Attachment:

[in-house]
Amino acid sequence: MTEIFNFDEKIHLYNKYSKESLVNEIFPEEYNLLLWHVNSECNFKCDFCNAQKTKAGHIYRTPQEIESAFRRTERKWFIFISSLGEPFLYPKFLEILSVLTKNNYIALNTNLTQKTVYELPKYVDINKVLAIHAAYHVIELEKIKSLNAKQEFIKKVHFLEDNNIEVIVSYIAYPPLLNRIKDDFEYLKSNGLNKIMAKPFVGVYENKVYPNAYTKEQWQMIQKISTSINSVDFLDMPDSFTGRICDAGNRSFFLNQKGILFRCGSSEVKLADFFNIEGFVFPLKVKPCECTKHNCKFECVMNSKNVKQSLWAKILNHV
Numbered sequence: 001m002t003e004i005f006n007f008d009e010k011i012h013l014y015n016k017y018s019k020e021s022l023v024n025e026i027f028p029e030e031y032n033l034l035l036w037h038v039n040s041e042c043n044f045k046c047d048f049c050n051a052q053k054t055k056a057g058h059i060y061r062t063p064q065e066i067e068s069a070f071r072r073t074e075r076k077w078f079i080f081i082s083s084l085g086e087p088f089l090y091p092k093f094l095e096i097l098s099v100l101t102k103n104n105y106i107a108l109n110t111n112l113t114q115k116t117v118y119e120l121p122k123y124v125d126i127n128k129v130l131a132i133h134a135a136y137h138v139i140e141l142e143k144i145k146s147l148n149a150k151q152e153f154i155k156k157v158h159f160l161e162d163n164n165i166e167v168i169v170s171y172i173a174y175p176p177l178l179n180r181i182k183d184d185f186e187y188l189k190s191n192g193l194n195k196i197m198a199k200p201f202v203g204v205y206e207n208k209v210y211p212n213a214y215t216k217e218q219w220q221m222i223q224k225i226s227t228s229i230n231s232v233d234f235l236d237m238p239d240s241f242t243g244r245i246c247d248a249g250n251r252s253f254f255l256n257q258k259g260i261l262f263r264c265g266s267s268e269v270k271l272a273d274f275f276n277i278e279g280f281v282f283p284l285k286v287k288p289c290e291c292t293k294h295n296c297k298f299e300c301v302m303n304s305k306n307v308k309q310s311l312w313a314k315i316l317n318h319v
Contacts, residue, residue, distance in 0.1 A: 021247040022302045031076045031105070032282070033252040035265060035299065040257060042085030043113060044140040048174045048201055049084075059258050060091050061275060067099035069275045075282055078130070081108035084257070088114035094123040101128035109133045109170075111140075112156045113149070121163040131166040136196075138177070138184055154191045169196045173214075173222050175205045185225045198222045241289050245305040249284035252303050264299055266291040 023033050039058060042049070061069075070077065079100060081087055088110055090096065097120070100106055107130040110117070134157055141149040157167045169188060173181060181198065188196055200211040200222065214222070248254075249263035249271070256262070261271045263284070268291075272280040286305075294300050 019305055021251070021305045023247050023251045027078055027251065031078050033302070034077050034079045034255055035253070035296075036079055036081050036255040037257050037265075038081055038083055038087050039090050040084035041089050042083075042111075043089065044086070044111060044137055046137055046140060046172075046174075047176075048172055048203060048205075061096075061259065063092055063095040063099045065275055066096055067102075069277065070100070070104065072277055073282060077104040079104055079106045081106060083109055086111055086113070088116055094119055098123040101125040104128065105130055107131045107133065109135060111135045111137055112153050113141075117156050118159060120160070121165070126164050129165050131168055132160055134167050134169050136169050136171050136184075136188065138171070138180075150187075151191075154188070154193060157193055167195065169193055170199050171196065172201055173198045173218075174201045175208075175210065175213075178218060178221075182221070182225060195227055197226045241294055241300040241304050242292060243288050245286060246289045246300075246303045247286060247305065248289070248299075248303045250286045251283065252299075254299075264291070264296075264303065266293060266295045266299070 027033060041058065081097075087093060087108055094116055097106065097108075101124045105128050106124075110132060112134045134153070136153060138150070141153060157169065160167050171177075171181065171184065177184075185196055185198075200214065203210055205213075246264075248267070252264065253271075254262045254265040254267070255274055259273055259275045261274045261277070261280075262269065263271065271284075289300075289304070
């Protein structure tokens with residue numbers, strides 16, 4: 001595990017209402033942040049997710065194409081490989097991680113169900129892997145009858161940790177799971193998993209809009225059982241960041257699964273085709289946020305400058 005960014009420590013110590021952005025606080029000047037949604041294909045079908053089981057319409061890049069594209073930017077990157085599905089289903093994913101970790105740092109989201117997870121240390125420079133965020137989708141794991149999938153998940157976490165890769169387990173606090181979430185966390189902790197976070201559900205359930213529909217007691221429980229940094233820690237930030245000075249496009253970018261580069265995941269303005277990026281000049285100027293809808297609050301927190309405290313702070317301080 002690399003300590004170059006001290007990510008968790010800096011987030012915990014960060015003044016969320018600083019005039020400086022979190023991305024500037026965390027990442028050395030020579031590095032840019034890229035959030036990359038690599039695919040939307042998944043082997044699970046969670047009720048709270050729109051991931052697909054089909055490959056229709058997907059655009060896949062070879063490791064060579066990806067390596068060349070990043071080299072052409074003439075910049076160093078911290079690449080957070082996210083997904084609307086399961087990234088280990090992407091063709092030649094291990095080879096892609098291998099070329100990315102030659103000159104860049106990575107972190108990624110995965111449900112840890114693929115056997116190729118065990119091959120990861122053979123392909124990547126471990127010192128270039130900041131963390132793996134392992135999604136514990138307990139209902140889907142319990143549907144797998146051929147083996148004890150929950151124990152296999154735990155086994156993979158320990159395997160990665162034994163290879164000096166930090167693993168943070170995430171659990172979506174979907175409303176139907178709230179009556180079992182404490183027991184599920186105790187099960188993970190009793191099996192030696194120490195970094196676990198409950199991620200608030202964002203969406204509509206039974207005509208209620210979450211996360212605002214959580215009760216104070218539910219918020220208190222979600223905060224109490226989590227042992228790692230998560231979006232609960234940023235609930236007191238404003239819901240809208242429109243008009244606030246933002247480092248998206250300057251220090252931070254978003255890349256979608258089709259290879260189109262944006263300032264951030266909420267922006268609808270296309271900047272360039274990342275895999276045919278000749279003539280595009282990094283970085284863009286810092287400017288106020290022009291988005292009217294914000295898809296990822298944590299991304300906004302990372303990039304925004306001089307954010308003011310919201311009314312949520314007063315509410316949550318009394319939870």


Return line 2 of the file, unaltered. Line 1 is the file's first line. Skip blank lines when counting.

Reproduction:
Amino acid sequence: MTEIFNFDEKIHLYNKYSKESLVNEIFPEEYNLLLWHVNSECNFKCDFCNAQKTKAGHIYRTPQEIESAFRRTERKWFIFISSLGEPFLYPKFLEILSVLTKNNYIALNTNLTQKTVYELPKYVDINKVLAIHAAYHVIELEKIKSLNAKQEFIKKVHFLEDNNIEVIVSYIAYPPLLNRIKDDFEYLKSNGLNKIMAKPFVGVYENKVYPNAYTKEQWQMIQKISTSINSVDFLDMPDSFTGRICDAGNRSFFLNQKGILFRCGSSEVKLADFFNIEGFVFPLKVKPCECTKHNCKFECVMNSKNVKQSLWAKILNHV